In a fall issue of The Confectioners Journal, the magazine ran a column of “Hot Soda Hints” filled with practical advice like:

“Never use silver cups for hot soda. They hold the heat and will burn the lips. China will not.”

“Never serve a straw with a hot drink.”

“Always serve a drink too hot… if you serve [a customer] a luke-warm drink he will never come back again.”

They also listed presentation tips:

“Use whipped cream on every possible hot drink. It costs but little and makes it classy.”

“Serve sweet crackers with sweet drinks like chocolate and coffee; saltines with the bouillons. They match better that way.”

“Have sugar, pepper, salt, celery salt, grated nutmeg, and Worcester sauce handy so a customer may season his drink to suit his taste.”

Best of all:

“Introduce some novelty at your hot soda counter every week. It keeps interest awake—yours and the customer’s.”

The Confectioners Journal’s prediction came true. Serving hot sodas and crackers led naturally to the addition of sandwiches and soups, especially when Prohibition ended the barroom tradition of a free lunch with a drink. Before long, for both men and women, having lunch at the soda fountain was as natural as having a soda.

An undated photograph showing African-American men at a soda fountain.
An undated photograph showing African-American men at a soda fountain. George Rinhart/Corbis via Getty Images

In a 1930 New York Times article titled “The Human Filling Station,” Eunice Fuller Barnard wrote, “Three meals a day, once a function of hearth and home, and lately of kitchenette and restaurant, are passing before our unconsidering gaze to the nickeled and marbled purlieus of the soda fountain. Where a decade ago it purveyed a few timid crackers along with the hot chocolate, today there is little from chowder to pie, or from waffles to chop suey, that is not at one time or another in its enterprising repertoire.” She attributed this to Prohibition, the speed of modern life, convenience, and affordability. She failed to mention the lengths the fountain business went in order to make sure their industry grew and succeeded, in hot weather and cold.

Today, nearly all of the drug-store soda fountains have been replaced by fast-food chains, and hot ginger ale isn’t on menus. But there’s no reason we can’t follow one of these recipes and enjoy our own hot sodas.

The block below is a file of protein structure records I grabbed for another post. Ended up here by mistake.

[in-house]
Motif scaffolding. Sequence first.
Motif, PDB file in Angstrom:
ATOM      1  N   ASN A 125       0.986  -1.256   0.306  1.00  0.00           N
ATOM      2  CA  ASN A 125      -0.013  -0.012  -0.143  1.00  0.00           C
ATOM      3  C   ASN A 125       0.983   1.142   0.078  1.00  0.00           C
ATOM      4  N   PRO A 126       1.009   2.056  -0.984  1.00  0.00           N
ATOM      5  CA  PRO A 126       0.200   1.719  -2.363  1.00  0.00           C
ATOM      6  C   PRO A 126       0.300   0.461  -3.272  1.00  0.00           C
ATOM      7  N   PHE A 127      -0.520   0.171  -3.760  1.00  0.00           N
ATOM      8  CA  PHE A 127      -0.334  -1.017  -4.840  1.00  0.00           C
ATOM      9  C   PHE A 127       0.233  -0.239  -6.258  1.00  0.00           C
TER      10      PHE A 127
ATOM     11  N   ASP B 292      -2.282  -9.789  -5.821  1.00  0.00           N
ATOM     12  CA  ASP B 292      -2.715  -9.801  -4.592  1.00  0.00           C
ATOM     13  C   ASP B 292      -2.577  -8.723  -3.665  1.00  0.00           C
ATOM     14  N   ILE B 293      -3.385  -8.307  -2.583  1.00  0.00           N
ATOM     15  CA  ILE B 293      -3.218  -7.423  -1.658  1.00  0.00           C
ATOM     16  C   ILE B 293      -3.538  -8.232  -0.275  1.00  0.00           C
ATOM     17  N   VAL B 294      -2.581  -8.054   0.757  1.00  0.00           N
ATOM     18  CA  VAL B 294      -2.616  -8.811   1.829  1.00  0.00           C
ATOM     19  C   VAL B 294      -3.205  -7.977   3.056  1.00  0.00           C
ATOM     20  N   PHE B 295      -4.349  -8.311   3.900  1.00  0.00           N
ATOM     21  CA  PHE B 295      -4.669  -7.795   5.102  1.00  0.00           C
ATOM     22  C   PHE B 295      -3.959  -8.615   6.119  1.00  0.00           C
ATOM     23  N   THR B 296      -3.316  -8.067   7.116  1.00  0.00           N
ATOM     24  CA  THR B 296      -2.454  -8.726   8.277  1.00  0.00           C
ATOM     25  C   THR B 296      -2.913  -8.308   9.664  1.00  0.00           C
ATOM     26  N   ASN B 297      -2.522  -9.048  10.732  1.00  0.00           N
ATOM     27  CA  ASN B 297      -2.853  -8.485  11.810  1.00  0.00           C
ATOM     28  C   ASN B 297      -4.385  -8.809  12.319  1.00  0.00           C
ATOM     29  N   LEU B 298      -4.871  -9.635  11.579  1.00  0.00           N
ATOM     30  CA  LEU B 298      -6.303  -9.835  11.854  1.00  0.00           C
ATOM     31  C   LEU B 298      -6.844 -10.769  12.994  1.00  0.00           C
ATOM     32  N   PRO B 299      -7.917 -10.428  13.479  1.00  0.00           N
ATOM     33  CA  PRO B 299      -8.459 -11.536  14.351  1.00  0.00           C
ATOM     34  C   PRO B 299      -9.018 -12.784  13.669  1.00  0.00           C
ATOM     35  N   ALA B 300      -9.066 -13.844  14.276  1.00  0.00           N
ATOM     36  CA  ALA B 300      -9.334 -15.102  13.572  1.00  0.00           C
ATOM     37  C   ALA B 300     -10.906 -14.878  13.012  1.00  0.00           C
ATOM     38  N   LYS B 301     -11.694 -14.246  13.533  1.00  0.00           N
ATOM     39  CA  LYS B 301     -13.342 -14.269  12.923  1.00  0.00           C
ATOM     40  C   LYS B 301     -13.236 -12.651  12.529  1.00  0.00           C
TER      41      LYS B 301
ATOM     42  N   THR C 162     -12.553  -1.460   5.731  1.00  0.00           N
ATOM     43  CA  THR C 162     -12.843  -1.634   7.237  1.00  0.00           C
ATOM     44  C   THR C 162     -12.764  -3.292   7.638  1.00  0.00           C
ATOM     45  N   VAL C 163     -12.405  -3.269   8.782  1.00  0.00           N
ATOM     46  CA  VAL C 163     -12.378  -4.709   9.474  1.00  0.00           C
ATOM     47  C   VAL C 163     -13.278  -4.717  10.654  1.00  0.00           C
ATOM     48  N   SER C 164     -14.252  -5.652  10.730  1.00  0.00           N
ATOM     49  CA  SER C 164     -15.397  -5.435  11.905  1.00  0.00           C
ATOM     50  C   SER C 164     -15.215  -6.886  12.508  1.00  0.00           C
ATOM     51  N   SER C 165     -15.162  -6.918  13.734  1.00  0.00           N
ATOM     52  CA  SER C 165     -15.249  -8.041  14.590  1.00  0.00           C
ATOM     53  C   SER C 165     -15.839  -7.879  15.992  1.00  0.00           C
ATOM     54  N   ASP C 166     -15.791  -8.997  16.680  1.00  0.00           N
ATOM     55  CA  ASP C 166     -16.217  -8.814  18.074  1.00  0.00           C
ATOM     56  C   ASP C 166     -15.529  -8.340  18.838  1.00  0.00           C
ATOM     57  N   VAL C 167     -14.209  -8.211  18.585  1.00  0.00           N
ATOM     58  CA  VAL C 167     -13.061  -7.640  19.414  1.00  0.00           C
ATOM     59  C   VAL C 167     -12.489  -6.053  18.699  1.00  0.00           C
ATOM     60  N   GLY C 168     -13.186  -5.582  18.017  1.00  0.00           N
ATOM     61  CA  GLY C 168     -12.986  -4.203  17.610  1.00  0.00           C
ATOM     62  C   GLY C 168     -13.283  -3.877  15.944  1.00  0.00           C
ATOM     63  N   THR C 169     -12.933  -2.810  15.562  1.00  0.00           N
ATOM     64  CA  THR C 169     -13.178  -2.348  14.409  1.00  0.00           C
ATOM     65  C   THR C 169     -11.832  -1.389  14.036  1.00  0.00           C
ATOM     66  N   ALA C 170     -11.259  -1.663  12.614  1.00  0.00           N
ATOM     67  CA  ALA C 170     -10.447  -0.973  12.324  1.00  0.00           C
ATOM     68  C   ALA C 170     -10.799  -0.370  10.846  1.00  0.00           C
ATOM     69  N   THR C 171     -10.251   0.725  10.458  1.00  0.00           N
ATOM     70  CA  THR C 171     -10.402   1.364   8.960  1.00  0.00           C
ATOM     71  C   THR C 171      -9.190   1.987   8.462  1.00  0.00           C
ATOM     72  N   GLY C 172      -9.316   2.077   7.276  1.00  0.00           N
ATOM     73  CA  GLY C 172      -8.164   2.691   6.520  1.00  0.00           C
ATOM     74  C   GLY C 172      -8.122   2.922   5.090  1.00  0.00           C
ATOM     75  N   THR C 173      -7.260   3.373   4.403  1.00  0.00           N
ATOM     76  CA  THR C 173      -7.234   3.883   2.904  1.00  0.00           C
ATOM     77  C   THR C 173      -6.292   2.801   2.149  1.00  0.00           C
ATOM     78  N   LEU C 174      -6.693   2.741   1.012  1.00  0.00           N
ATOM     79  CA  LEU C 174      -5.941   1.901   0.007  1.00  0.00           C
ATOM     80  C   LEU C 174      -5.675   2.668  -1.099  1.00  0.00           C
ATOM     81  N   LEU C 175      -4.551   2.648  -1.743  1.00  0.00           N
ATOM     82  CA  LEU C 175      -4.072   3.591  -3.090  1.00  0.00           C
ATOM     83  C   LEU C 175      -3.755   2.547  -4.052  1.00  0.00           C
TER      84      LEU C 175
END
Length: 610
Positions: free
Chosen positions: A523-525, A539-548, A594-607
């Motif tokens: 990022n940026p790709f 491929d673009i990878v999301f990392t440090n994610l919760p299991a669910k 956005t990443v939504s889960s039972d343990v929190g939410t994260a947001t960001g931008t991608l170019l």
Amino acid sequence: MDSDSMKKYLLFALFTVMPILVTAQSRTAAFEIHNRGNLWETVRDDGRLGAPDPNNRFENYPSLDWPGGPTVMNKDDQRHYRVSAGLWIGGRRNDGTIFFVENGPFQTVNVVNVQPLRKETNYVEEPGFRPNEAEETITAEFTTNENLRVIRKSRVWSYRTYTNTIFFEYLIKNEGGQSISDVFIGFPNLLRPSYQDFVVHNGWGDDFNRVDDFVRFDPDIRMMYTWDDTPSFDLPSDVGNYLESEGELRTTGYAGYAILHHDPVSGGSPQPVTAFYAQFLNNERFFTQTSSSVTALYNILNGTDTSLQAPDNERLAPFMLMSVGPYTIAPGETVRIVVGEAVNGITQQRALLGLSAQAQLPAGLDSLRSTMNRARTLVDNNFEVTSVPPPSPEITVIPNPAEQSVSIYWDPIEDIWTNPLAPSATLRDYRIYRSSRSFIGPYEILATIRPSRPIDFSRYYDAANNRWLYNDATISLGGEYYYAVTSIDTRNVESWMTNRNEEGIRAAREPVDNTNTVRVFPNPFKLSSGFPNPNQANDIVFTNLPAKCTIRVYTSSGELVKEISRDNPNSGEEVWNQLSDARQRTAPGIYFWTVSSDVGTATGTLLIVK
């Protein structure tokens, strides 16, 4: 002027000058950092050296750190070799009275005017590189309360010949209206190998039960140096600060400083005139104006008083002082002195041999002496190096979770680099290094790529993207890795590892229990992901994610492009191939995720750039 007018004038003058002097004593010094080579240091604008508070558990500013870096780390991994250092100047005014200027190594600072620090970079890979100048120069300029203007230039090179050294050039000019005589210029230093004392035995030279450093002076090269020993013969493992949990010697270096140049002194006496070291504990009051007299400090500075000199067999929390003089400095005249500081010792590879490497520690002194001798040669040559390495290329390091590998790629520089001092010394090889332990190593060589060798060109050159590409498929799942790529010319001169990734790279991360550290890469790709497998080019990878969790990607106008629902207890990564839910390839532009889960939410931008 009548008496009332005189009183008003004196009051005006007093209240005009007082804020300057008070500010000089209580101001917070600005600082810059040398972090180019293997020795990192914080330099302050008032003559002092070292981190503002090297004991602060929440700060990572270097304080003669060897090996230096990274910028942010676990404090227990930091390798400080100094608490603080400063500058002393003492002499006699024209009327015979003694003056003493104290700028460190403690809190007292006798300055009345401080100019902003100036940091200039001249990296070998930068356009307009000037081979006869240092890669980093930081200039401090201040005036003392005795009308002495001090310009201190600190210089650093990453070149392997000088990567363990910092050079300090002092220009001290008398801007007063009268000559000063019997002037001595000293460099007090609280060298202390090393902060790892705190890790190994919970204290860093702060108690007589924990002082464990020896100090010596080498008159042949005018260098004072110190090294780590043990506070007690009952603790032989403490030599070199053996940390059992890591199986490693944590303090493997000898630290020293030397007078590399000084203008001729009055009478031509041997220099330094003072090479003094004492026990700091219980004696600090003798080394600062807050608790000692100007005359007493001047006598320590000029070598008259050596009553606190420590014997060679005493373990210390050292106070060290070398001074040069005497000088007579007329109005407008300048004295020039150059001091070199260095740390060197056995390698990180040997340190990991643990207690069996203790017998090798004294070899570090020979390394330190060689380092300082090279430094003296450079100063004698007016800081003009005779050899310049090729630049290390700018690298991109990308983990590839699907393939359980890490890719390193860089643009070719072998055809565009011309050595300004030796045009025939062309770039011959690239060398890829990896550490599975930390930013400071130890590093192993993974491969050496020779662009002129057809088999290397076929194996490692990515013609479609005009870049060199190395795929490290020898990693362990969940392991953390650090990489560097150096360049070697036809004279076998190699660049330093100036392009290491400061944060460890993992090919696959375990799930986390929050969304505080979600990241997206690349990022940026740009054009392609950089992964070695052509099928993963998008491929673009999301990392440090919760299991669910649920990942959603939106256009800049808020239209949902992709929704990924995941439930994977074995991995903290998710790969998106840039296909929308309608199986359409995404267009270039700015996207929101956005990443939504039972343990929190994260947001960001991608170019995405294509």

The tastiest of the three, according to our testers.
The tastiest of the three, according to our testers. Grace Kwan for Gastro Obscura

Hot Cherry Egg Bounce

From The Dispenser Soda Water Guide, c 1909

One egg, 2 ounces cherry juice, 1 spoonful powdered sugar. Mix thoroughly and mix again while adding hot water. Add several cherries and a slice of orange. Serve with nutmeg.

Tasting Notes:

  • Taste the drink after adding the hot water and adjust the amount of cherry juice and sugar as necessary to get a pleasant sweet-tart flavor.
  • Canned, pitted cherries work wonderfully for this recipe. If using them, their syrup can be added to the drink or substituted for the sugar for an extra cherry kick.
You either like hot lime or you don't.
You either like hot lime or you don’t. Grace Kwan for Gastro Obscura

Hot Egg Lime Juice Fizz

From The Dispenser Soda Water Guide, c 1909

White of 1 egg, 1 ounce lime juice, 2 teaspoonfuls powdered sugar. Add hot water and top off with a small spoonful of whipped cream.

Tasting notes:

  • Microwave your lime for 20 seconds first to make it easier to squeeze and get the most juice out of the fruit. (The heat softens the membranes of the fruit, and your drink will be hot anyway!)
  • 1 large lime produces about 1 oz of juice.
  • Grate a bit of lime on top of the whipped cream for a final zesty flourish.
  • Add hot water slowly while stirring with a fork to avoid cooking the egg white too much.
  • If you prefer your sodas sweeter, you may prefer 1-2 tbsp of powdered sugar rather than the 2 tsp stated in the recipe.
“I'm probably not serving this at my next house party, but I do like clam soup!”
“I’m probably not serving this at my next house party, but I do like clam soup!” Grace Kwan for Gastro Obscura

Reeking Smatch

From The Dispenser Soda Water Guide, c 1909

Cream, 1 ounce; clam juice, 1 ounce; butter, 1 teaspoonful; Jamaica ginger extract, 1 teaspoonful. Place in mug, fill with hot water, and season with celery salt.

Tasting notes:

  • If you don’t have easy access to clam juice, you can make your own with fresh clams. Add a few clams to a mug, just barely cover with hot water, and microwave for 1-2 minutes, until the shells have opened and the clams are fully boiled. Remove the clams and stir up the resulting clam juice.
  • Don’t hold back on the ginger extract! The kick it adds is key to balancing the flavor.

Grace Kwan contributed recipe testing to this story.